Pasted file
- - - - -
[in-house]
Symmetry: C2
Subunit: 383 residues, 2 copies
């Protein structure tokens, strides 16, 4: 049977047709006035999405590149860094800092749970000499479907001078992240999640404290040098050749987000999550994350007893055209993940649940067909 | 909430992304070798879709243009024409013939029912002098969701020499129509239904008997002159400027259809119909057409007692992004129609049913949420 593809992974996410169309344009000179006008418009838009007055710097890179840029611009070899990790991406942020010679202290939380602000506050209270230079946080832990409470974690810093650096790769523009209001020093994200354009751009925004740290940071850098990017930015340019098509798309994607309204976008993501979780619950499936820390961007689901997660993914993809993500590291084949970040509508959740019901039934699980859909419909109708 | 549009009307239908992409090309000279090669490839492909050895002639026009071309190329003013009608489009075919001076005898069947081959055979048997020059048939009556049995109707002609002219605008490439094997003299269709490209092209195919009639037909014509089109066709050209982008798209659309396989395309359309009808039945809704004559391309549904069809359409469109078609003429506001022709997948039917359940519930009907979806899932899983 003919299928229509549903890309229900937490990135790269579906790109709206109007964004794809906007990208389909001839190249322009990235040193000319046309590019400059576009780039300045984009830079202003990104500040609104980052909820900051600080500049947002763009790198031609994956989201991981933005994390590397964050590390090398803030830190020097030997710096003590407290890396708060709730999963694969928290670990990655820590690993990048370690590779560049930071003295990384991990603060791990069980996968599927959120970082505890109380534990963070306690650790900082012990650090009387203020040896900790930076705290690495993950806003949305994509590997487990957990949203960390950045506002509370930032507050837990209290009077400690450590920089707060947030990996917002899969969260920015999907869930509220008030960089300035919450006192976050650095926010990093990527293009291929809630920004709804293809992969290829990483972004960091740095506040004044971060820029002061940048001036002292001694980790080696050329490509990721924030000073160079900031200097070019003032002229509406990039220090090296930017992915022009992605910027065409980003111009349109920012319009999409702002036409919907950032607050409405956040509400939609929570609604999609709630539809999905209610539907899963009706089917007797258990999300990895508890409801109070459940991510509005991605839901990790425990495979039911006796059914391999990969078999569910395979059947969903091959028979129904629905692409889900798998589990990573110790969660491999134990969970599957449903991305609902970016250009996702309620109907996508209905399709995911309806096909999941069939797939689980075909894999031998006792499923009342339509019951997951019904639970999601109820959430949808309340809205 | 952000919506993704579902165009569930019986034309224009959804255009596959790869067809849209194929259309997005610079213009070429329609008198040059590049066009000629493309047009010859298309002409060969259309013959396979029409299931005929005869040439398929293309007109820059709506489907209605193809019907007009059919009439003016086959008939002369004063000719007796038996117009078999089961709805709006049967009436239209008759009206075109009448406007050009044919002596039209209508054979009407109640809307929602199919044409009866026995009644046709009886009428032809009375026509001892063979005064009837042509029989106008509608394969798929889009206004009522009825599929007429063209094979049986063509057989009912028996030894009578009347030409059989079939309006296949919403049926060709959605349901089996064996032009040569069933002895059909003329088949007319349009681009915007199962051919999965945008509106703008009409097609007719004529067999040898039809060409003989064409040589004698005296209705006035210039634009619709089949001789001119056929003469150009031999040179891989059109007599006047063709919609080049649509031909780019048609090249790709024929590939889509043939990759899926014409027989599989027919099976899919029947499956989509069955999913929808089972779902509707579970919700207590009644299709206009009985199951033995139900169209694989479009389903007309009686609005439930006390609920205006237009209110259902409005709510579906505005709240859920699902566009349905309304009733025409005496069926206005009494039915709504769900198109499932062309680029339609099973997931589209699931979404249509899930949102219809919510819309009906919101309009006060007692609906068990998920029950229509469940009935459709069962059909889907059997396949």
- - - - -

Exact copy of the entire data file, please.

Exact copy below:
[in-house]
Symmetry: C2
Subunit: 383 residues, 2 copies
């Protein structure tokens, strides 16, 4: 049977047709006035999405590149860094800092749970000499479907001078992240999640404290040098050749987000999550994350007893055209993940649940067909 | 909430992304070798879709243009024409013939029912002098969701020499129509239904008997002159400027259809119909057409007692992004129609049913949420 593809992974996410169309344009000179006008418009838009007055710097890179840029611009070899990790991406942020010679202290939380602000506050209270230079946080832990409470974690810093650096790769523009209001020093994200354009751009925004740290940071850098990017930015340019098509798309994607309204976008993501979780619950499936820390961007689901997660993914993809993500590291084949970040509508959740019901039934699980859909419909109708 | 549009009307239908992409090309000279090669490839492909050895002639026009071309190329003013009608489009075919001076005898069947081959055979048997020059048939009556049995109707002609002219605008490439094997003299269709490209092209195919009639037909014509089109066709050209982008798209659309396989395309359309009808039945809704004559391309549904069809359409469109078609003429506001022709997948039917359940519930009907979806899932899983 003919299928229509549903890309229900937490990135790269579906790109709206109007964004794809906007990208389909001839190249322009990235040193000319046309590019400059576009780039300045984009830079202003990104500040609104980052909820900051600080500049947002763009790198031609994956989201991981933005994390590397964050590390090398803030830190020097030997710096003590407290890396708060709730999963694969928290670990990655820590690993990048370690590779560049930071003295990384991990603060791990069980996968599927959120970082505890109380534990963070306690650790900082012990650090009387203020040896900790930076705290690495993950806003949305994509590997487990957990949203960390950045506002509370930032507050837990209290009077400690450590920089707060947030990996917002899969969260920015999907869930509220008030960089300035919450006192976050650095926010990093990527293009291929809630920004709804293809992969290829990483972004960091740095506040004044971060820029002061940048001036002292001694980790080696050329490509990721924030000073160079900031200097070019003032002229509406990039220090090296930017992915022009992605910027065409980003111009349109920012319009999409702002036409919907950032607050409405956040509400939609929570609604999609709630539809999905209610539907899963009706089917007797258990999300990895508890409801109070459940991510509005991605839901990790425990495979039911006796059914391999990969078999569910395979059947969903091959028979129904629905692409889900798998589990990573110790969660491999134990969970599957449903991305609902970016250009996702309620109907996508209905399709995911309806096909999941069939797939689980075909894999031998006792499923009342339509019951997951019904639970999601109820959430949808309340809205 | 952000919506993704579902165009569930019986034309224009959804255009596959790869067809849209194929259309997005610079213009070429329609008198040059590049066009000629493309047009010859298309002409060969259309013959396979029409299931005929005869040439398929293309007109820059709506489907209605193809019907007009059919009439003016086959008939002369004063000719007796038996117009078999089961709805709006049967009436239209008759009206075109009448406007050009044919002596039209209508054979009407109640809307929602199919044409009866026995009644046709009886009428032809009375026509001892063979005064009837042509029989106008509608394969798929889009206004009522009825599929007429063209094979049986063509057989009912028996030894009578009347030409059989079939309006296949919403049926060709959605349901089996064996032009040569069933002895059909003329088949007319349009681009915007199962051919999965945008509106703008009409097609007719004529067999040898039809060409003989064409040589004698005296209705006035210039634009619709089949001789001119056929003469150009031999040179891989059109007599006047063709919609080049649509031909780019048609090249790709024929590939889509043939990759899926014409027989599989027919099976899919029947499956989509069955999913929808089972779902509707579970919700207590009644299709206009009985199951033995139900169209694989479009389903007309009686609005439930006390609920205006237009209110259902409005709510579906505005709240859920699902566009349905309304009733025409005496069926206005009494039915709504769900198109499932062309680029339609099973997931589209699931979404249509899930949102219809919510819309009906919101309009006060007692609906068990998920029950229509469940009935459709069962059909889907059997396949």